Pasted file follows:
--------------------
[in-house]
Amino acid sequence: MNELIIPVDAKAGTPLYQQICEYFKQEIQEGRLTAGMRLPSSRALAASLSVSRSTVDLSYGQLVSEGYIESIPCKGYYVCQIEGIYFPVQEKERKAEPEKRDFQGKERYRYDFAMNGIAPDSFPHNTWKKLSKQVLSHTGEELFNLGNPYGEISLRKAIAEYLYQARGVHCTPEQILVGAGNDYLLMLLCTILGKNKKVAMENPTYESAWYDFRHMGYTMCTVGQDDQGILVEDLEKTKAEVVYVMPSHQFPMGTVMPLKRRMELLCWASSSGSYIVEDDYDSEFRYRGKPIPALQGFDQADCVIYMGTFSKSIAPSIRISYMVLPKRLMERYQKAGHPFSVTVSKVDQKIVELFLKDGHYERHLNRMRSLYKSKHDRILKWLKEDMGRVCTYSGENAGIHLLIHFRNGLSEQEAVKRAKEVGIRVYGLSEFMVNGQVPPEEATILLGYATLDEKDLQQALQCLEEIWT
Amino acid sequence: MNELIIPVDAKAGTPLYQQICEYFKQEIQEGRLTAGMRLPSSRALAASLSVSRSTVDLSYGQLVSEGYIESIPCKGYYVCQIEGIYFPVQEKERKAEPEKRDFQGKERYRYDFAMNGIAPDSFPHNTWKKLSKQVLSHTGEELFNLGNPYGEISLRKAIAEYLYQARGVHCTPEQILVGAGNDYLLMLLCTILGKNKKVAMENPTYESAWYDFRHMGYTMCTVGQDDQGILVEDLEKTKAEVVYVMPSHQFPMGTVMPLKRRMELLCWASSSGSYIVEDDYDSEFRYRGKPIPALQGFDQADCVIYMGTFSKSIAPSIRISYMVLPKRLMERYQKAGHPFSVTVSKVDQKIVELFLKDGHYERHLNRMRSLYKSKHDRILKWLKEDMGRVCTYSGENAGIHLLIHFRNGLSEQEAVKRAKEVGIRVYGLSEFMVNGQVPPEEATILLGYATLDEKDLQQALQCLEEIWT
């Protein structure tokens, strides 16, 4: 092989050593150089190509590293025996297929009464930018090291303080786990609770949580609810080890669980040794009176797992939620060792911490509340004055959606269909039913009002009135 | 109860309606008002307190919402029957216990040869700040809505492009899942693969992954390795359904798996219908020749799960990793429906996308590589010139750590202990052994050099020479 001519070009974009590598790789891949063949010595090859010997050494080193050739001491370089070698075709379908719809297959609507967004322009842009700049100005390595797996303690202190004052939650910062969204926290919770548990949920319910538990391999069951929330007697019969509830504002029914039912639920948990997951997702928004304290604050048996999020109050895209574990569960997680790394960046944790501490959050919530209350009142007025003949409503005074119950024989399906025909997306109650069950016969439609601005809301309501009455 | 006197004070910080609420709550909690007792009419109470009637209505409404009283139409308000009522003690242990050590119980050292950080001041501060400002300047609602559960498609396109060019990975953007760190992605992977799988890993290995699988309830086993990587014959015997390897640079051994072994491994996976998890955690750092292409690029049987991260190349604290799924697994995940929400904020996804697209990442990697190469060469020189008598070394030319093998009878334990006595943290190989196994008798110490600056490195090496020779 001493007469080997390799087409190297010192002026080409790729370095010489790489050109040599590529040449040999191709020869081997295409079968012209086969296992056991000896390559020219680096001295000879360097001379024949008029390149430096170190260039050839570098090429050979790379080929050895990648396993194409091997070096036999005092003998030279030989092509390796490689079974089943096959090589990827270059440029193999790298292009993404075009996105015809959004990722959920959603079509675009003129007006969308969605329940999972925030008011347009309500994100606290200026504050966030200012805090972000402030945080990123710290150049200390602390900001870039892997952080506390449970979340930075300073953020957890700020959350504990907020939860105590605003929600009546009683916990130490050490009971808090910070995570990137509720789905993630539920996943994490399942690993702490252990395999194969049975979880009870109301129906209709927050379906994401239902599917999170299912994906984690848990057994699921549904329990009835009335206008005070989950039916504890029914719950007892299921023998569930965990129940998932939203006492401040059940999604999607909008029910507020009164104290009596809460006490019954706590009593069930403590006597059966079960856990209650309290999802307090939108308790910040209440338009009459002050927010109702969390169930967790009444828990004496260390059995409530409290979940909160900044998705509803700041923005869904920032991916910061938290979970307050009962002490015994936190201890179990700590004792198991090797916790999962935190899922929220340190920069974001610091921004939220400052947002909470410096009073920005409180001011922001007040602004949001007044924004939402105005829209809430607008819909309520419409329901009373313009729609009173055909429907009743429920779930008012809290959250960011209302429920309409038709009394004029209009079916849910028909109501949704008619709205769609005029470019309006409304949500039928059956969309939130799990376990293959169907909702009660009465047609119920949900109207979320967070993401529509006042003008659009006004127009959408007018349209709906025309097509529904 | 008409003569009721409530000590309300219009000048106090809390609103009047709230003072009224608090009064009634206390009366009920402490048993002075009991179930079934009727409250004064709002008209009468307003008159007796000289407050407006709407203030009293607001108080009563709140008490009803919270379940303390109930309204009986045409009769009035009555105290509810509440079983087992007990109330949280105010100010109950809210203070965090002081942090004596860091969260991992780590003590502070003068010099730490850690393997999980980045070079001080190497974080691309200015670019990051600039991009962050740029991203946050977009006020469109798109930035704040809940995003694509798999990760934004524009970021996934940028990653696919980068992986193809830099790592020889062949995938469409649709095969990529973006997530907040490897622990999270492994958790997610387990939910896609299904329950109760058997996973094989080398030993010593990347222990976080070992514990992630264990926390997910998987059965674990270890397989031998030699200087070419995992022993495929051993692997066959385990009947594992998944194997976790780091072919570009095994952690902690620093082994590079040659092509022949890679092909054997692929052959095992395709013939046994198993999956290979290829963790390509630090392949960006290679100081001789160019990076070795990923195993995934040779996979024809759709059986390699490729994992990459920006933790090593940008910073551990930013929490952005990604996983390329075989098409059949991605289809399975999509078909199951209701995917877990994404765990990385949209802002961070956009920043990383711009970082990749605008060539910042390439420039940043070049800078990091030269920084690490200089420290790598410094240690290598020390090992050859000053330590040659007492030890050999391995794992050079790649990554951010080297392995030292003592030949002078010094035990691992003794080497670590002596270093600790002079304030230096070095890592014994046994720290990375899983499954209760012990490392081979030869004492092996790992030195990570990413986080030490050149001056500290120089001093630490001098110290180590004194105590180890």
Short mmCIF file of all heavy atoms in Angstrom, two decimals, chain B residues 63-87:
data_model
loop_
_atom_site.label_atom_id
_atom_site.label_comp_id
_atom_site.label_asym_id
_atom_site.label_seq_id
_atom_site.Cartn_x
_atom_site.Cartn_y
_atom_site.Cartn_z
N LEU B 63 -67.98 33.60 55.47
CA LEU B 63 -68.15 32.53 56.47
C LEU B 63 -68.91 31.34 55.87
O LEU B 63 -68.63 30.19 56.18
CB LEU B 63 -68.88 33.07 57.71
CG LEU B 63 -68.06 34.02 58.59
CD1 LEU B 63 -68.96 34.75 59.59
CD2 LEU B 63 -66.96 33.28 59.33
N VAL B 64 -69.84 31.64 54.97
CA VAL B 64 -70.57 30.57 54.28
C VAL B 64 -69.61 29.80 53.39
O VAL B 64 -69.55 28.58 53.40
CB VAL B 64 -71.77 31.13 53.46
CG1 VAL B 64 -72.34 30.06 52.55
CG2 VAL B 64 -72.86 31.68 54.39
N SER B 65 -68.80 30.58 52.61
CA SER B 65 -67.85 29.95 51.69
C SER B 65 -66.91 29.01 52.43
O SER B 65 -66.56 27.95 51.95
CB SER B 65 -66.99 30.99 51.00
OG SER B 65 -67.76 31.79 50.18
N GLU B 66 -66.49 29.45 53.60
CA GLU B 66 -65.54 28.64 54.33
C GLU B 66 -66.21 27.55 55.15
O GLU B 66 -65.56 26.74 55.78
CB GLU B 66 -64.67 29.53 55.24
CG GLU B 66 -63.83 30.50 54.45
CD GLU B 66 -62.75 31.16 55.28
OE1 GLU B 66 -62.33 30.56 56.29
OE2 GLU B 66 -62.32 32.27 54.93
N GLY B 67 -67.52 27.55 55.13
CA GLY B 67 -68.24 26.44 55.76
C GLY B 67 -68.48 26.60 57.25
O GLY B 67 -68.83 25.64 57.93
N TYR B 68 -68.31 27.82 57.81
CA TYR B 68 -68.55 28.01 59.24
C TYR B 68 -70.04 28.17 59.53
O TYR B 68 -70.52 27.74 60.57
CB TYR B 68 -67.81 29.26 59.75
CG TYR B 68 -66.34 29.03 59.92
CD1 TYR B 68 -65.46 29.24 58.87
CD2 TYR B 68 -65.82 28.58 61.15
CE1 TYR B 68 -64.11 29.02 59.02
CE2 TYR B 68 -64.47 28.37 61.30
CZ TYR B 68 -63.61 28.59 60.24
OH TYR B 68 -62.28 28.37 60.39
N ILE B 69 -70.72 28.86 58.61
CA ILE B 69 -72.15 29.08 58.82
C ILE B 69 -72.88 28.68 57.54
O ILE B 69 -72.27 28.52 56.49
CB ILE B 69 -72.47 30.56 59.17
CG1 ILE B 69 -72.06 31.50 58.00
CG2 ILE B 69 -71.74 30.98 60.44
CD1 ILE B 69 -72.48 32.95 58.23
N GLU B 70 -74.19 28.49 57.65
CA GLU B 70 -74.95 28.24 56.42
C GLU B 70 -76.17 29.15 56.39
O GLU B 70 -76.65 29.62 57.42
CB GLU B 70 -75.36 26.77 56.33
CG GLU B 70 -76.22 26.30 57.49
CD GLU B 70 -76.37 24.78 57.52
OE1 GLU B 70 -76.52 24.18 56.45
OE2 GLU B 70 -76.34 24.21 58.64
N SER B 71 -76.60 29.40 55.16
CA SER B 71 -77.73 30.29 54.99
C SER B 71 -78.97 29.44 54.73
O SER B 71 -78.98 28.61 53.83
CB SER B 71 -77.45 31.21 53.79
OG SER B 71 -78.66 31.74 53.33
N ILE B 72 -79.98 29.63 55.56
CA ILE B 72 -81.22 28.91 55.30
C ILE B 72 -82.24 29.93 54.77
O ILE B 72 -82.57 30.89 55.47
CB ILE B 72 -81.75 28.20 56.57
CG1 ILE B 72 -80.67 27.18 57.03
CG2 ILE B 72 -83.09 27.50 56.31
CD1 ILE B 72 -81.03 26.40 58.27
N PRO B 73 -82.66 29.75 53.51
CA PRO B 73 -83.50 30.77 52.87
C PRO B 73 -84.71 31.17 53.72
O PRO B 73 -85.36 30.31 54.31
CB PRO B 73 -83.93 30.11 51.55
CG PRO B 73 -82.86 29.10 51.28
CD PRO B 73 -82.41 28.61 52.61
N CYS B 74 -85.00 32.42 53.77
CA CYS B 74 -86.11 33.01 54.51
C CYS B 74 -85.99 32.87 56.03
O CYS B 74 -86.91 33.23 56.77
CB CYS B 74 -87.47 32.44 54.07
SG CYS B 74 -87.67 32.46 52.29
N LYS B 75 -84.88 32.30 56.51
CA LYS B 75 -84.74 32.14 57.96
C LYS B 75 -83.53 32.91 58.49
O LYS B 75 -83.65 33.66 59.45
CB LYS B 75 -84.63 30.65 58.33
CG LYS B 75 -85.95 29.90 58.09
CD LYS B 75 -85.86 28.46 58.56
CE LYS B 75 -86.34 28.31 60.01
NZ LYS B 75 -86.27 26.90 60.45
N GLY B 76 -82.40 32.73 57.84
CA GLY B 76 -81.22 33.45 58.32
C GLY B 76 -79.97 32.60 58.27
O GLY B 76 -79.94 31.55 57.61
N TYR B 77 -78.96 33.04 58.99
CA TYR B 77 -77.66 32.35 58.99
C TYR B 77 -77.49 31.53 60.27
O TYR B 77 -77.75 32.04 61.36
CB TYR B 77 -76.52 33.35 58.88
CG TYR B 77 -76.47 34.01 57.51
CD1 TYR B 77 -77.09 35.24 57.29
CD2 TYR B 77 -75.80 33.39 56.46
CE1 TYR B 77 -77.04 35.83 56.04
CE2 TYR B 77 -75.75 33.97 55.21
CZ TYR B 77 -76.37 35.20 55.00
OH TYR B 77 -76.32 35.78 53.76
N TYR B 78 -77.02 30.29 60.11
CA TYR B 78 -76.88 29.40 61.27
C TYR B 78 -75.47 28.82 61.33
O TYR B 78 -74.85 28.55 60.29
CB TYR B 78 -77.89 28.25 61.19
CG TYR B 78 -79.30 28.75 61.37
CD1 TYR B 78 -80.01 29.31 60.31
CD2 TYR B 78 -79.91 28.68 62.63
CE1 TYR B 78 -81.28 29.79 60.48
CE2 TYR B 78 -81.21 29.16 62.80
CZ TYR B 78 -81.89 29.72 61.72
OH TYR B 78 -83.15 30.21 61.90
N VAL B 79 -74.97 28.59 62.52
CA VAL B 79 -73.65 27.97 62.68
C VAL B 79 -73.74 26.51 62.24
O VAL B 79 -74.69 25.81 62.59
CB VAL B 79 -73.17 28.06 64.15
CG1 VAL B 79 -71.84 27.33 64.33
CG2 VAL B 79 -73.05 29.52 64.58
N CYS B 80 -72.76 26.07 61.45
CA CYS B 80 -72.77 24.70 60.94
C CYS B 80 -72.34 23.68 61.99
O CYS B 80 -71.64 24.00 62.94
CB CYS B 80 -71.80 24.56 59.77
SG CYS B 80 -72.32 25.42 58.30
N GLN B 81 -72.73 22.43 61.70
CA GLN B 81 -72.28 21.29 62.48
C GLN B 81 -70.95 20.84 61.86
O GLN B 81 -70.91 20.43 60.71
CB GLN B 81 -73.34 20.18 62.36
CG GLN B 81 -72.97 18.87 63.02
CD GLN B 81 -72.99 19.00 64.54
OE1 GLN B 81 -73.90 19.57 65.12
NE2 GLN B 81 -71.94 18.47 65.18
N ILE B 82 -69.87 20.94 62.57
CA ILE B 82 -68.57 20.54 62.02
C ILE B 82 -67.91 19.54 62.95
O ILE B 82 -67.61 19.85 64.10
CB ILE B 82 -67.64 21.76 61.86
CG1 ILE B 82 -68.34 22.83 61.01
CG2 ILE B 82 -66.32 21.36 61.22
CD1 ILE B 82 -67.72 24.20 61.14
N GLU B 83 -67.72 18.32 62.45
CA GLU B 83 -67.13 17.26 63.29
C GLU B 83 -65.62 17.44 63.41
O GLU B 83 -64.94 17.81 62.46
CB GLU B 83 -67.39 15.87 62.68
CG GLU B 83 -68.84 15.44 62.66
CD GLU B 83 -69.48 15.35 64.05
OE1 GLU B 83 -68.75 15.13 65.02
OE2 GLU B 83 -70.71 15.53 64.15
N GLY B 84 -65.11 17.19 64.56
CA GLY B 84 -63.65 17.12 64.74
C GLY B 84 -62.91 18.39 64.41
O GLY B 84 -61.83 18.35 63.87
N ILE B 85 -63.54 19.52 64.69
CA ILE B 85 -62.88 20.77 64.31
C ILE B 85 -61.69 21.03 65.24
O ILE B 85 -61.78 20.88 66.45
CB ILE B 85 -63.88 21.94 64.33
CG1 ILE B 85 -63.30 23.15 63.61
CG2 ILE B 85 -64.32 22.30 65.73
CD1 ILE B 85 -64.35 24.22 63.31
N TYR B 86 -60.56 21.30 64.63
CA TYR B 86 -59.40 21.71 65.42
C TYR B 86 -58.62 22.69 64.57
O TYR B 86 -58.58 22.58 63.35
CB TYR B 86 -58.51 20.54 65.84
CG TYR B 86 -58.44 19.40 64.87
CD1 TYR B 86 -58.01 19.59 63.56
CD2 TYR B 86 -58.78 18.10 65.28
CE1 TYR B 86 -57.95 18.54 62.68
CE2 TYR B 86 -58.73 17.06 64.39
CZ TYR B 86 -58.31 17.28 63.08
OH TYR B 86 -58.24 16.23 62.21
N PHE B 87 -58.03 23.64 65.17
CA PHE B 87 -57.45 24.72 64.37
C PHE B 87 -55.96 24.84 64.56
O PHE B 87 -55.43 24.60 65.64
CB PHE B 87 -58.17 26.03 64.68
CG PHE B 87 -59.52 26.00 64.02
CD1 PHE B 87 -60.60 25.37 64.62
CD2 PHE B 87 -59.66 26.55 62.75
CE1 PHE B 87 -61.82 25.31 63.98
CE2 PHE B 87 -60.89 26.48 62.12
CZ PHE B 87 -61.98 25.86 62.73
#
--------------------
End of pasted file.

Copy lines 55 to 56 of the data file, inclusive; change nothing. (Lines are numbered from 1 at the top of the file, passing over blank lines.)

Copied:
CD1 TYR B 68 -65.46 29.24 58.87
CD2 TYR B 68 -65.82 28.58 61.15